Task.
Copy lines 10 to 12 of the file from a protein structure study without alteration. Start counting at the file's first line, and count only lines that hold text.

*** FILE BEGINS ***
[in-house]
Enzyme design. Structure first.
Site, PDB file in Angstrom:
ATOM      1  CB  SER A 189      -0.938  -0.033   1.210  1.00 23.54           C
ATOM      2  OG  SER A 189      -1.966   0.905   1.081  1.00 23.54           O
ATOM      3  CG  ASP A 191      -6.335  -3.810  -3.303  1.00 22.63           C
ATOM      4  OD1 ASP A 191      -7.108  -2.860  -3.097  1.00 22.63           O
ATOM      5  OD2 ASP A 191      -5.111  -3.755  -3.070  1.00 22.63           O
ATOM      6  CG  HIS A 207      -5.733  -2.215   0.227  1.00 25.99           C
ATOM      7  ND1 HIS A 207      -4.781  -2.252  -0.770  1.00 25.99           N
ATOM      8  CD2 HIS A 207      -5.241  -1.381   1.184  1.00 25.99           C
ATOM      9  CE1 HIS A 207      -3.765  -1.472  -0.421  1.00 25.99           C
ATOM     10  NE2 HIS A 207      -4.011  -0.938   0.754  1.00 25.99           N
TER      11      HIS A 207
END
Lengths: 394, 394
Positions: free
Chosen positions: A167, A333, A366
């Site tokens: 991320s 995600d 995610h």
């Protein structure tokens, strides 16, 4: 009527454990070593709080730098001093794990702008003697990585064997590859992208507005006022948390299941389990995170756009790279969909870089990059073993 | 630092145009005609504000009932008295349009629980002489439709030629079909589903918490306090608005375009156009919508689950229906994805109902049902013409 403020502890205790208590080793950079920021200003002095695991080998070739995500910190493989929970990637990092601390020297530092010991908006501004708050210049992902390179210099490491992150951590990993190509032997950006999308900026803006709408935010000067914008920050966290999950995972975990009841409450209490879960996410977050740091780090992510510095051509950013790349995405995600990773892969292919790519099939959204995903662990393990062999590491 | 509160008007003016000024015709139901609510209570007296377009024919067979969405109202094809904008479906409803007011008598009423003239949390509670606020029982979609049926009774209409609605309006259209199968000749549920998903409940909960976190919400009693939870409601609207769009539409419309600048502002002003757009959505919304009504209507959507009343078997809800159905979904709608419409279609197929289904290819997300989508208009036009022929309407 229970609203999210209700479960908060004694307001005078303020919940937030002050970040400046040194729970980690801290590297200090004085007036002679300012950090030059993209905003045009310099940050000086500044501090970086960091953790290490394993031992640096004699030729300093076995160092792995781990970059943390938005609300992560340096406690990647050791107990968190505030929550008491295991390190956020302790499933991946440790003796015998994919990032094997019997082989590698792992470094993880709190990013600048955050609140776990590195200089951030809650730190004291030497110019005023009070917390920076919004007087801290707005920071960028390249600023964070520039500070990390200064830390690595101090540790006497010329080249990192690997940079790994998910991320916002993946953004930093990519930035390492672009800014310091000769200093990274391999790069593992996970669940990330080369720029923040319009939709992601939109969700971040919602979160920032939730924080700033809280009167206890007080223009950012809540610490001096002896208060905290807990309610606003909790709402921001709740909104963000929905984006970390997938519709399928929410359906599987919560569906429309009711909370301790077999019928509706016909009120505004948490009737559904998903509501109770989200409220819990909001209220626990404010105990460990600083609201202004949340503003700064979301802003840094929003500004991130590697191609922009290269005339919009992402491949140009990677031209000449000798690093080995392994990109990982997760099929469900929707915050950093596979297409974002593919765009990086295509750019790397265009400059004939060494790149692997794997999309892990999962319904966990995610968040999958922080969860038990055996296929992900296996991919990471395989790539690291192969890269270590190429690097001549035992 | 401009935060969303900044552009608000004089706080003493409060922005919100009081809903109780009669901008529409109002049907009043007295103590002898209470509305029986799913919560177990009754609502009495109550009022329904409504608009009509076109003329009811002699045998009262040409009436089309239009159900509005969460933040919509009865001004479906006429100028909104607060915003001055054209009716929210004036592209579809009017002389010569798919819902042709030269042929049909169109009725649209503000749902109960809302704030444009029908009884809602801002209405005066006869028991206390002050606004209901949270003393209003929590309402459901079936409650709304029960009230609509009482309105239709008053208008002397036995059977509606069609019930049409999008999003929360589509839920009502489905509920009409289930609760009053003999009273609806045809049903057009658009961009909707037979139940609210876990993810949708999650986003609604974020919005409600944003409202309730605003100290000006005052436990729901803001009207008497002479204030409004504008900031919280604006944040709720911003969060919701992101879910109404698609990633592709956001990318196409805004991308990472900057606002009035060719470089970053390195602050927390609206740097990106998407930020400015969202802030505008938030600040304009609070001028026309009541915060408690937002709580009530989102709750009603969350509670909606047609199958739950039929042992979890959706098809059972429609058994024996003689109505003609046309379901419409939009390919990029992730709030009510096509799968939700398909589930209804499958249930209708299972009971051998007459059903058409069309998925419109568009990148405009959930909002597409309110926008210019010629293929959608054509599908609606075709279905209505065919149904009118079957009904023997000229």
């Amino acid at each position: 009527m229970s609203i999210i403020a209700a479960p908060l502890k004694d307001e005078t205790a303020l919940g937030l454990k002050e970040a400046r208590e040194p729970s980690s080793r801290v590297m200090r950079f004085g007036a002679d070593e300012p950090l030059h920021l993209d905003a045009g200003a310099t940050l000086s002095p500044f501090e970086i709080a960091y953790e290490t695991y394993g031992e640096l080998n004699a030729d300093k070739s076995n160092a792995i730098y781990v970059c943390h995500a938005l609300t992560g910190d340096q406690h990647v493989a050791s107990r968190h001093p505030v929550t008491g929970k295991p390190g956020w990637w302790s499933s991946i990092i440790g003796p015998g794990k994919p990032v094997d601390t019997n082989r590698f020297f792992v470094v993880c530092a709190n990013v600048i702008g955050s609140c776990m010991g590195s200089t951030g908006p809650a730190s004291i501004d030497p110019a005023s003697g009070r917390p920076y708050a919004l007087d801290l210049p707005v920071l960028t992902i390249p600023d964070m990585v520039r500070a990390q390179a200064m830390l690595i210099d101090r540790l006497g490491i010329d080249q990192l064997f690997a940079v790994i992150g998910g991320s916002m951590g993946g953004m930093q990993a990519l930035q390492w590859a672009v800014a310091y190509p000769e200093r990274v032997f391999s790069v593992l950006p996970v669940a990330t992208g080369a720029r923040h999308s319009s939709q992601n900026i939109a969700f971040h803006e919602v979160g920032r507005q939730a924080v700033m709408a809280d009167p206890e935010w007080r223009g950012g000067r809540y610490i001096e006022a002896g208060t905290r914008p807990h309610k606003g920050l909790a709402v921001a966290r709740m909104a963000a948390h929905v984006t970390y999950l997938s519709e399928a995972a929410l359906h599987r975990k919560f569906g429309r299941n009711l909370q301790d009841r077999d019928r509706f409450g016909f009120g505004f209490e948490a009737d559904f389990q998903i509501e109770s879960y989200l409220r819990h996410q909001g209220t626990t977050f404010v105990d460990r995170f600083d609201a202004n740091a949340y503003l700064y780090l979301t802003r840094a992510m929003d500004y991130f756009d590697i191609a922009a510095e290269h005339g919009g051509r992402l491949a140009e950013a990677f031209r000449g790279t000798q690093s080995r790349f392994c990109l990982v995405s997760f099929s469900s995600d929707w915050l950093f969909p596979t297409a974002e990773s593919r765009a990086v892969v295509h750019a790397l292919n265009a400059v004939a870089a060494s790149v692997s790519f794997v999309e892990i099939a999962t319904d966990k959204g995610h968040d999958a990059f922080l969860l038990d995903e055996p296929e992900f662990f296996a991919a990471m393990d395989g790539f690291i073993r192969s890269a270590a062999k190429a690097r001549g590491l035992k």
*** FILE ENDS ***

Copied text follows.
ATOM      7  ND1 HIS A 207      -4.781  -2.252  -0.770  1.00 25.99           N
ATOM      8  CD2 HIS A 207      -5.241  -1.381   1.184  1.00 25.99           C
ATOM      9  CE1 HIS A 207      -3.765  -1.472  -0.421  1.00 25.99           C